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Re: Rolling Stone: The 100 Greatest Songwriters of All Time

Post by Pierre » Sat Aug 15, 2015 12:44 pm

Listyguy wrote: Also Pierre, Biggie is on the list
Indeed, missed him, my bad. Of course, what I said remains true for my other examples.

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Re: Rolling Stone: The 100 Greatest Songwriters of All Time

Post by Listyguy » Sat Aug 15, 2015 1:43 pm

Another notable omission, assuming it's not just lyrics they're concerned with, is DJ shadow.

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Re: Rolling Stone: The 100 Greatest Songwriters of All Time

Post by luney6 » Sat Aug 15, 2015 5:46 pm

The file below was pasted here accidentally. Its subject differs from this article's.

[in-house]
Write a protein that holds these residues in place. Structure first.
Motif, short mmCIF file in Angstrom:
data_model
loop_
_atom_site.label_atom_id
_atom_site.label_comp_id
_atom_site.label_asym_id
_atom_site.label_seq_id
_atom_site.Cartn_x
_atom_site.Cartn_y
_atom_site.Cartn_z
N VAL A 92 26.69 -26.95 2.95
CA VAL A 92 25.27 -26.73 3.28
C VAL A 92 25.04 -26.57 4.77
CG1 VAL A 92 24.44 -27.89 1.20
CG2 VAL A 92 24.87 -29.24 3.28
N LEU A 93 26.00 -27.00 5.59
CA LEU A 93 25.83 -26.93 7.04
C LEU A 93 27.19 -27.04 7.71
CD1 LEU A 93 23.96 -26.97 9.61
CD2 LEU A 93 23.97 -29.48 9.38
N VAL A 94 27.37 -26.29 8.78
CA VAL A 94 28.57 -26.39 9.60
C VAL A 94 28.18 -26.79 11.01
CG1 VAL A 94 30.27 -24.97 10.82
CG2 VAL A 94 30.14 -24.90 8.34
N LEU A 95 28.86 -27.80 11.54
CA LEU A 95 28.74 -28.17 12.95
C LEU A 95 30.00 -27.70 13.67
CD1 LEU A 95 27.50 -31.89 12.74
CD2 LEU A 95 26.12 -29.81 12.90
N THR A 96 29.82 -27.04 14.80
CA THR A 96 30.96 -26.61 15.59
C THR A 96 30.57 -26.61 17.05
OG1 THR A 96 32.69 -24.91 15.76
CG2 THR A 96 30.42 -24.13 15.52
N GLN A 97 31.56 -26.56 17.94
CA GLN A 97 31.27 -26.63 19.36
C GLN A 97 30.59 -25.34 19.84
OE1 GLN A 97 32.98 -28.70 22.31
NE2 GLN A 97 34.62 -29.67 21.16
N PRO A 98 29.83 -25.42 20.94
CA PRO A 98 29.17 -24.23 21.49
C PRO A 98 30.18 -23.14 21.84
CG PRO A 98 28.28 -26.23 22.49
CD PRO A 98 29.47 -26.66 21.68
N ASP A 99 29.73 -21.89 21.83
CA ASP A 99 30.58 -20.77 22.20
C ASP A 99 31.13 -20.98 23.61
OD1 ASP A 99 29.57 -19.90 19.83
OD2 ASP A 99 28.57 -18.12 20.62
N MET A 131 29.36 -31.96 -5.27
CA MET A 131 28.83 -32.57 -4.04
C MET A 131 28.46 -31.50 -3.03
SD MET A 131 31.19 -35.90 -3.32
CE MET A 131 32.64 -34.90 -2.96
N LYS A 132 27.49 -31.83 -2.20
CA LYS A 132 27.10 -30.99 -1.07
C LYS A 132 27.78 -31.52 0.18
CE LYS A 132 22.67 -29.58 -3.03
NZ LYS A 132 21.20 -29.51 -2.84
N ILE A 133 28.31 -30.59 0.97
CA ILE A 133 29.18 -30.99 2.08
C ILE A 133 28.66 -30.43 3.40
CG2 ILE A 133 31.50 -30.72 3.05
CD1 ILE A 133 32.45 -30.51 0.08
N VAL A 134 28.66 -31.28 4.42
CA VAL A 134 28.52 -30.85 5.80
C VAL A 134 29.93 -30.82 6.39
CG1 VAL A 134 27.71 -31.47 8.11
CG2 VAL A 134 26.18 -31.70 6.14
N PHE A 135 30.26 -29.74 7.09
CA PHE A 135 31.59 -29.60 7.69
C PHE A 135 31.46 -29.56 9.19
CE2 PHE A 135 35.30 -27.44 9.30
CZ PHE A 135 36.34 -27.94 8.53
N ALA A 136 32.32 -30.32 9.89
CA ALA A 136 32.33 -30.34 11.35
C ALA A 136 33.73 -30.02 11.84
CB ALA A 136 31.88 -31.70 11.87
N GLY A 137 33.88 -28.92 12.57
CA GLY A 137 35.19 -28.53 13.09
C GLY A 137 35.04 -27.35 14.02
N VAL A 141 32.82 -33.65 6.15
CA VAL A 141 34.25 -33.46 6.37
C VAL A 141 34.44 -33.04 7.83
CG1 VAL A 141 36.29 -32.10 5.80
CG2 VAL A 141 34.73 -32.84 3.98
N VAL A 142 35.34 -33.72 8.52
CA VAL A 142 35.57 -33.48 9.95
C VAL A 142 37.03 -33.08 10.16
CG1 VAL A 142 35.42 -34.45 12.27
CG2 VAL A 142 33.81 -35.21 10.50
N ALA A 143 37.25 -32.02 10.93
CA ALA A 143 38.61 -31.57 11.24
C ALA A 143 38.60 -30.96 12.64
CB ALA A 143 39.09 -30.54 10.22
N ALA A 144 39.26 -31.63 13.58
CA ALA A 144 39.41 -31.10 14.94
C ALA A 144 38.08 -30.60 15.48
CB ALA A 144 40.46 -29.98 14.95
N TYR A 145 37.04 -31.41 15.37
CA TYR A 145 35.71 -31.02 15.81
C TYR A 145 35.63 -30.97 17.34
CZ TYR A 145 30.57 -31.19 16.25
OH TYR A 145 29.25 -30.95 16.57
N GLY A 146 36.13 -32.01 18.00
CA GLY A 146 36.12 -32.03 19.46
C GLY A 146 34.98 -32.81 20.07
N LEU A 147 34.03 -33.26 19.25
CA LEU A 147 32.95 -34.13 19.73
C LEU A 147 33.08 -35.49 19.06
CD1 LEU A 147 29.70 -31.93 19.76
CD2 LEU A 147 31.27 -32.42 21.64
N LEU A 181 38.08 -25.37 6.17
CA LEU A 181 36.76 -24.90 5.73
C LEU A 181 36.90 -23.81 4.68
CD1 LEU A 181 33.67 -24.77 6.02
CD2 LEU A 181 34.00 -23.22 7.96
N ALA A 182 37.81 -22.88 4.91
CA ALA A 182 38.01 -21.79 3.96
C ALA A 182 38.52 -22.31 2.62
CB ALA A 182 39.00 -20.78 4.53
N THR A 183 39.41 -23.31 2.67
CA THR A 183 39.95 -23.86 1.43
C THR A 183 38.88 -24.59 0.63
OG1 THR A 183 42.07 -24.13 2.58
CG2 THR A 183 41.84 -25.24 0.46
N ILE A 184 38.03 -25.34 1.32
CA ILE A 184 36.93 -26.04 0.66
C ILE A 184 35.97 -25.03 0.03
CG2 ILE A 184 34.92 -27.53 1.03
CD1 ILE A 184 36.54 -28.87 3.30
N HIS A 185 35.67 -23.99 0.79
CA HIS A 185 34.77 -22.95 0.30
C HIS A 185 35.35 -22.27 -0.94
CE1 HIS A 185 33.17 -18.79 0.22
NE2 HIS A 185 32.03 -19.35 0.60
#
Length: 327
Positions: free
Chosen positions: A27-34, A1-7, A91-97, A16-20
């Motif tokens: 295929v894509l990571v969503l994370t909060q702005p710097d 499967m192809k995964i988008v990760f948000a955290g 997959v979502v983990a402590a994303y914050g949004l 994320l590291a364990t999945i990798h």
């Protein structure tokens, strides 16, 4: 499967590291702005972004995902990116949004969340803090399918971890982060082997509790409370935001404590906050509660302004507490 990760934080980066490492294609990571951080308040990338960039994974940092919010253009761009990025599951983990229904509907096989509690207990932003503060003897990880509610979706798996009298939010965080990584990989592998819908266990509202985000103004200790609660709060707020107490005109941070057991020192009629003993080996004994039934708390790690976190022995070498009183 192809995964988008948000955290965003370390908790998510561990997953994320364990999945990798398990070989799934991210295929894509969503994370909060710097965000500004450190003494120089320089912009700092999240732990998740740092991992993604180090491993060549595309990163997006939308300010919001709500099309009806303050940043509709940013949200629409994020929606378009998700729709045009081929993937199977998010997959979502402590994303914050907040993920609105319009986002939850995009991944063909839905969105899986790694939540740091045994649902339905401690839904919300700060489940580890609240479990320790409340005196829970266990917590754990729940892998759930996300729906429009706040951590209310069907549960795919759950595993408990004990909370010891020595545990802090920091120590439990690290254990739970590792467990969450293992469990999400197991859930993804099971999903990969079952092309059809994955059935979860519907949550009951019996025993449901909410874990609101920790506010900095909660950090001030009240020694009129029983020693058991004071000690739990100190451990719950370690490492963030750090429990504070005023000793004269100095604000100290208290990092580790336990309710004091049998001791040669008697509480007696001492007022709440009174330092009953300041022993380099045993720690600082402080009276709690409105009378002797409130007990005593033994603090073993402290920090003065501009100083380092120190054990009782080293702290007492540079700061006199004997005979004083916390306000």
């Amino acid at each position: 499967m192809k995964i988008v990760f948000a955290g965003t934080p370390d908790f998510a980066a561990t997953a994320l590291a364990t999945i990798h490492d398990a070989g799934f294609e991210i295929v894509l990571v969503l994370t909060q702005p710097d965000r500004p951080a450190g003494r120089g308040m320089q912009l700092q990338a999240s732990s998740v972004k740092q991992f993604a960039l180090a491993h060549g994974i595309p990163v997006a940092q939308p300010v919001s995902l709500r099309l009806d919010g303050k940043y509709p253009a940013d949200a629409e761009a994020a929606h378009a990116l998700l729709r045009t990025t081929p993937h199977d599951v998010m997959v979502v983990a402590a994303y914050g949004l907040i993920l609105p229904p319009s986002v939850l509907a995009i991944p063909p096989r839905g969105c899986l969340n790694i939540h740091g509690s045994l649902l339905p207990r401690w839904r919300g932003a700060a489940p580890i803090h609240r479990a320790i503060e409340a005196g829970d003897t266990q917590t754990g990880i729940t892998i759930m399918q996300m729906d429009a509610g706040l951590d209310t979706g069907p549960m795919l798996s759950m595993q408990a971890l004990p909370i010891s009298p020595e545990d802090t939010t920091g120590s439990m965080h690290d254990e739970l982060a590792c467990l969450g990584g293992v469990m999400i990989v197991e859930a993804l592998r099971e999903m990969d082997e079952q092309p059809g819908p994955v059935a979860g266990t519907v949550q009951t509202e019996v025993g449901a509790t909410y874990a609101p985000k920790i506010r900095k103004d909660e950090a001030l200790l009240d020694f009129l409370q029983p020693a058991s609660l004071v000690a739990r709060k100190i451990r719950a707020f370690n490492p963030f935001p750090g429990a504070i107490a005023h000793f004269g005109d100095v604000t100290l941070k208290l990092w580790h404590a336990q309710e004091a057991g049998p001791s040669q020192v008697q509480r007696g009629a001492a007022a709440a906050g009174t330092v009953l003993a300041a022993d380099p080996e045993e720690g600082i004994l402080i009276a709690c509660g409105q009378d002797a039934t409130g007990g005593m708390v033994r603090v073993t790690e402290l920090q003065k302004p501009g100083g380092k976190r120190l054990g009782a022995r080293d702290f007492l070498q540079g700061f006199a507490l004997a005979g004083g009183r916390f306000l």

They missed a lot of people. As far as I can tell, no Nick Cave, Robert Wyatt or Tim Buckley. Oh, an as Doc Brown already said, Tom Waits at 55. It's a traversity. But then again it's Rolling Stone, so that was kind of expected. It is a rather boring list, at any rate. I also feel that Lou Reed, Leonard Cohen and Bruce Springsteen should in th top 10.

As it happens, I also disagree with the inclusion of R.Kelly and Taylor Swift among others. No offense or anything to bootsy. I like R.Kelly and I have heard all his songs that you have mentioned, among others. They contain some clever song-writing, but in comparison, I personally don't think that they would rank among the 100 greatest of ALL TIME. I feel like they included Taylor Swift only because, if, in the future, she becomes really big, they can say that they predicted it. Because I feel like she hasn't released anything that good yet.